PCI strategies in patients with acute myocardial infarction and cardiogenic shock
Selected in the New England Journal of Medicine by G. Di Gioia
Holger Thiele, Ibrahim Akin, Marcus Sandri, Georg Fuernau, Suzanne de Waha, Roza Meyer-Saraei, Peter Nordbeck, Tobias Geisler, Ulf Landmesser, Carsten Skurk, Andreas Fach, Harald Lapp, Jan J. Piek, Marko Noc, Tomaž Goslar, Stephan B. Felix, Lars S. Maier, Janina Stepinska, Keith Oldroyd, Pranas Serpytis, Gilles Montalescot, Olivier Barthelemy, Kurt Huber, Stephan Windecker, Stefano Savonitto, Patrizia Torremante, Christiaan Vrints, Steffen Schneider, Steffen Desch, and Uwe Zeymer, for the CULPRIT-SHOCK Investigators
N Engl J Med. 2017 Oct 30 [Epub ahead of print]
LinkRead the abstract
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Why this study – the rationale/objective?
Most of the patients presenting with cardiogenic shock and myocardial infarction have a multivessel disease. Current guidelines recommend trying to treat all significant lesions in these patients. However, poor evidence in this clinical setting makes revascularization decisions very controversial.
How was it executed – the methodology?
In this multicenter trial, 706 patients with acute myocardial infarction and multivessel coronary disease presenting with cardiogenic shock were randomly assigned either to PCI of the culprit only artery (with the chance to perform a staged PCI of the untreated lesions) or to PCI of all significant lesions. The primary endpoint was a composite of death and renal failure requiring replacement therapy at 30 days.
What is the main result?
The primary endpoint occurred significantly less frequently in the culprit-lesion-only PCI group than in the multivessel PCI group (45.9% vs 55.4% of patients; p = 0.01). This result was mostly due to significantly lower mortality (43.3% vs. 51.6%; p = 0.03) in the first group. Nevertheless, there was a trend towards lower incidence of renal failure in the culprit-lesion-only PCI group as compared with the multivessel PCI group (11.6% vs. 16.4%; p = 0.07).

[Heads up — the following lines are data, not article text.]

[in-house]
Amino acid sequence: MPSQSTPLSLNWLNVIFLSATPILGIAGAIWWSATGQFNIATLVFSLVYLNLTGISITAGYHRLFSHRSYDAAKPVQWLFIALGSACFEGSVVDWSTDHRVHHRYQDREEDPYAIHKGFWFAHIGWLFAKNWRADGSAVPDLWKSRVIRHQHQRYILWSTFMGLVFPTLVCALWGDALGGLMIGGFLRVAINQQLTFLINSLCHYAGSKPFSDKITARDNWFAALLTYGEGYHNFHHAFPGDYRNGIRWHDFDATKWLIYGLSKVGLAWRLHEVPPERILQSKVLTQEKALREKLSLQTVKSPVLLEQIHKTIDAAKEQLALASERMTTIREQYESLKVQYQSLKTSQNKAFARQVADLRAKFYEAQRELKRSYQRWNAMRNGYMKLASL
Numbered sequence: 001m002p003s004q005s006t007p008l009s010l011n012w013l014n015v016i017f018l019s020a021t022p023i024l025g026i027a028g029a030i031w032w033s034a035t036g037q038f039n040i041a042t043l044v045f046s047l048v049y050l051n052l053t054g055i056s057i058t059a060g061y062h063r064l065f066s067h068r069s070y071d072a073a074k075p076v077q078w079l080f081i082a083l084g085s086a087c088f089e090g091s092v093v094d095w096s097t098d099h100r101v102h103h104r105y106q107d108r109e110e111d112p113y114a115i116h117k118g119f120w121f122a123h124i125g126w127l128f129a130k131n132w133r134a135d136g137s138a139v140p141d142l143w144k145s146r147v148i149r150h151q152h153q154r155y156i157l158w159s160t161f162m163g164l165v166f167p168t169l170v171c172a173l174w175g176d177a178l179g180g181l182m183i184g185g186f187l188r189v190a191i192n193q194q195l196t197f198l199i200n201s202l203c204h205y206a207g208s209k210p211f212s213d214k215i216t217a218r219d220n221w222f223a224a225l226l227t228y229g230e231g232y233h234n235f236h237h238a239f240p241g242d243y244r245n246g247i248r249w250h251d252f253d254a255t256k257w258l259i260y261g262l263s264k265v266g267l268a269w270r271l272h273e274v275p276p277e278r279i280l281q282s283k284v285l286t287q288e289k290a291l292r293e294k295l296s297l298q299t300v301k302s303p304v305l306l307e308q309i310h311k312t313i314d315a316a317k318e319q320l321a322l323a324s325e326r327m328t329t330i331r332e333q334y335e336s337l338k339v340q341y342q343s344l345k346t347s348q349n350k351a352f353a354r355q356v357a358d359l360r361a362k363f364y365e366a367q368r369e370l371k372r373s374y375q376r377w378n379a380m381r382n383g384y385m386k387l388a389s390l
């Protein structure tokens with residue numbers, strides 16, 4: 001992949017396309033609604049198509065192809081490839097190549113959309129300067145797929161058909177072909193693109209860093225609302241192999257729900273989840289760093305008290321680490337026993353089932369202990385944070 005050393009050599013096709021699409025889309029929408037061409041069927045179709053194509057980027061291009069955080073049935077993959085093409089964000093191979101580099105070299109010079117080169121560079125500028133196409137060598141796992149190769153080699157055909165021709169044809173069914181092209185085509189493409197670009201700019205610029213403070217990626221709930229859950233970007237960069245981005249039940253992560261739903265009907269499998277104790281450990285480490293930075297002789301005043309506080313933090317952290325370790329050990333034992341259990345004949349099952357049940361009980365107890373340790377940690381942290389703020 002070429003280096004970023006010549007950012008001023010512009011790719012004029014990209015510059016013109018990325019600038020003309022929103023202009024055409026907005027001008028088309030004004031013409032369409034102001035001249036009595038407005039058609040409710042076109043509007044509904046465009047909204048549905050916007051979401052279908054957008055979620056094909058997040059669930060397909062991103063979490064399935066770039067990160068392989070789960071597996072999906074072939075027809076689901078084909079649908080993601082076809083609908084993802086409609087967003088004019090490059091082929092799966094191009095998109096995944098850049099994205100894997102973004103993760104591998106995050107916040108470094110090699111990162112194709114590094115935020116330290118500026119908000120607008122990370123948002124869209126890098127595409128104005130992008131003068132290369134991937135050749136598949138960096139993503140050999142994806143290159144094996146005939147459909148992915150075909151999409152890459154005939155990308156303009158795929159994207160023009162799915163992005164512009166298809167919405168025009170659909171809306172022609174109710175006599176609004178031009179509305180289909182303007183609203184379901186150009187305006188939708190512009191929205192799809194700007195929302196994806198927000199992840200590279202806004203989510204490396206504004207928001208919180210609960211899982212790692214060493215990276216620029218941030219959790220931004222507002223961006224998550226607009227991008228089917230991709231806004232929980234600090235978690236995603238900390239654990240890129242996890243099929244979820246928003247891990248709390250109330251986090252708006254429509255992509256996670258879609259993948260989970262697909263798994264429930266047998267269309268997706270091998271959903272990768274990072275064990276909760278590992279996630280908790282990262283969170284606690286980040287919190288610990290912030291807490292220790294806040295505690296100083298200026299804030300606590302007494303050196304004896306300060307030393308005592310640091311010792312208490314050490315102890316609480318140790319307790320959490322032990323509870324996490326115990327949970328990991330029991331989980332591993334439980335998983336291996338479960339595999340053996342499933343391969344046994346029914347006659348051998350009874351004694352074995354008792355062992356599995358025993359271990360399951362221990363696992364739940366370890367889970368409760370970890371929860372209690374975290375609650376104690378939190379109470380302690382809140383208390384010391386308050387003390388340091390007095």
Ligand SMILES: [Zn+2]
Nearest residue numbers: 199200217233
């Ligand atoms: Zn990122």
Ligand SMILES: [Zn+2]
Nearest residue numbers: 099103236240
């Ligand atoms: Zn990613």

Critical reading and the relevance for clinical practice
During the last few years, we have witnessed a bidirectional switch in the direction of the evidence in the setting of STEMI. Actually, in patients presenting without cardiogenic shock, culprit-lesion only PCI used to be an almost carved in stone practice rule.
Recent studies, though, albeit disputable, have shown that complete revascularization at the time of primary PCI could be even beneficial as opposed to culprit-lesion-only PCI. On the other hand, in patients presenting with cardiogenic shock complete revascularization of all significant lesions was recommended.
The present study seems to tear down also this faint certainty. Indeed, in this study, a 10% lower incidence of the primary endpoint was observed when only the culprit lesion was treated. This result was mainly led by lower all-cause mortality, although there was a trend also toward a lower incidence of renal replacement therapy.
Conducting randomized trials in emergency settings such as a cardiogenic shock is very hard and it is almost impossible to ensure that the enormous amount of variables (i.e. medical therapy, anaesthesiologic support) do not affect the final result.
Notwithstanding, this trial represents a welcome injection of common sense and caution when facing cardiogenic shock, and the conspicuous rate of crossover between the two arms of the study makes room for the necessities and the instincts of the operator. However, the fact that mortality in cardiogenic shock has not changed one bit during the last 20 years is something we should all reflect upon. Serious efforts in finding a game-changing therapeutic strategy for this dire condition should be the goal of future research.